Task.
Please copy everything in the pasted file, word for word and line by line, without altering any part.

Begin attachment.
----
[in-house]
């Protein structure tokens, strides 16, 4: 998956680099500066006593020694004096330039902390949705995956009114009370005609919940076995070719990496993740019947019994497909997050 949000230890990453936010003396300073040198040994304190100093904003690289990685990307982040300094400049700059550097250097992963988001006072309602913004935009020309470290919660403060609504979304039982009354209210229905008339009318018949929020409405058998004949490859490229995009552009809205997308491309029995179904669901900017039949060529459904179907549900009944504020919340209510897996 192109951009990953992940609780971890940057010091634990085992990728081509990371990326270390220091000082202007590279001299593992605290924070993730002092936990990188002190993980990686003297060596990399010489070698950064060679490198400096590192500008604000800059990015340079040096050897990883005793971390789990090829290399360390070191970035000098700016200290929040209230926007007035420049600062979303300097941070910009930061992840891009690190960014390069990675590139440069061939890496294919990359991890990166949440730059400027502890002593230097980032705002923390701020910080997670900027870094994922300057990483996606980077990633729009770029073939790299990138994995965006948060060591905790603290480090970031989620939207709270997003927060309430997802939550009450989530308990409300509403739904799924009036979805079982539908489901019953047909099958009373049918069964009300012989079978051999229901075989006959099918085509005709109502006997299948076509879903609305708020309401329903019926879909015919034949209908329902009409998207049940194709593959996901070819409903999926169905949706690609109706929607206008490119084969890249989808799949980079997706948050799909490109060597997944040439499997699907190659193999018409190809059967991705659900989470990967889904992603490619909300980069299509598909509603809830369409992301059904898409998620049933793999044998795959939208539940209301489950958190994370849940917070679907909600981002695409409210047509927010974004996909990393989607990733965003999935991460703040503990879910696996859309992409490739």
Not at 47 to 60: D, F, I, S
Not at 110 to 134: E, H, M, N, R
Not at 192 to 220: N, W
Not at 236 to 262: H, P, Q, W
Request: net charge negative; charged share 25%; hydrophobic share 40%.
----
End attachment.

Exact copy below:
[in-house]
């Protein structure tokens, strides 16, 4: 998956680099500066006593020694004096330039902390949705995956009114009370005609919940076995070719990496993740019947019994497909997050 949000230890990453936010003396300073040198040994304190100093904003690289990685990307982040300094400049700059550097250097992963988001006072309602913004935009020309470290919660403060609504979304039982009354209210229905008339009318018949929020409405058998004949490859490229995009552009809205997308491309029995179904669901900017039949060529459904179907549900009944504020919340209510897996 192109951009990953992940609780971890940057010091634990085992990728081509990371990326270390220091000082202007590279001299593992605290924070993730002092936990990188002190993980990686003297060596990399010489070698950064060679490198400096590192500008604000800059990015340079040096050897990883005793971390789990090829290399360390070191970035000098700016200290929040209230926007007035420049600062979303300097941070910009930061992840891009690190960014390069990675590139440069061939890496294919990359991890990166949440730059400027502890002593230097980032705002923390701020910080997670900027870094994922300057990483996606980077990633729009770029073939790299990138994995965006948060060591905790603290480090970031989620939207709270997003927060309430997802939550009450989530308990409300509403739904799924009036979805079982539908489901019953047909099958009373049918069964009300012989079978051999229901075989006959099918085509005709109502006997299948076509879903609305708020309401329903019926879909015919034949209908329902009409998207049940194709593959996901070819409903999926169905949706690609109706929607206008490119084969890249989808799949980079997706948050799909490109060597997944040439499997699907190659193999018409190809059967991705659900989470990967889904992603490619909300980069299509598909509603809830369409992301059904898409998620049933793999044998795959939208539940209301489950958190994370849940917070679907909600981002695409409210047509927010974004996909990393989607990733965003999935991460703040503990879910696996859309992409490739």
Not at 47 to 60: D, F, I, S
Not at 110 to 134: E, H, M, N, R
Not at 192 to 220: N, W
Not at 236 to 262: H, P, Q, W
Request: net charge negative; charged share 25%; hydrophobic share 40%.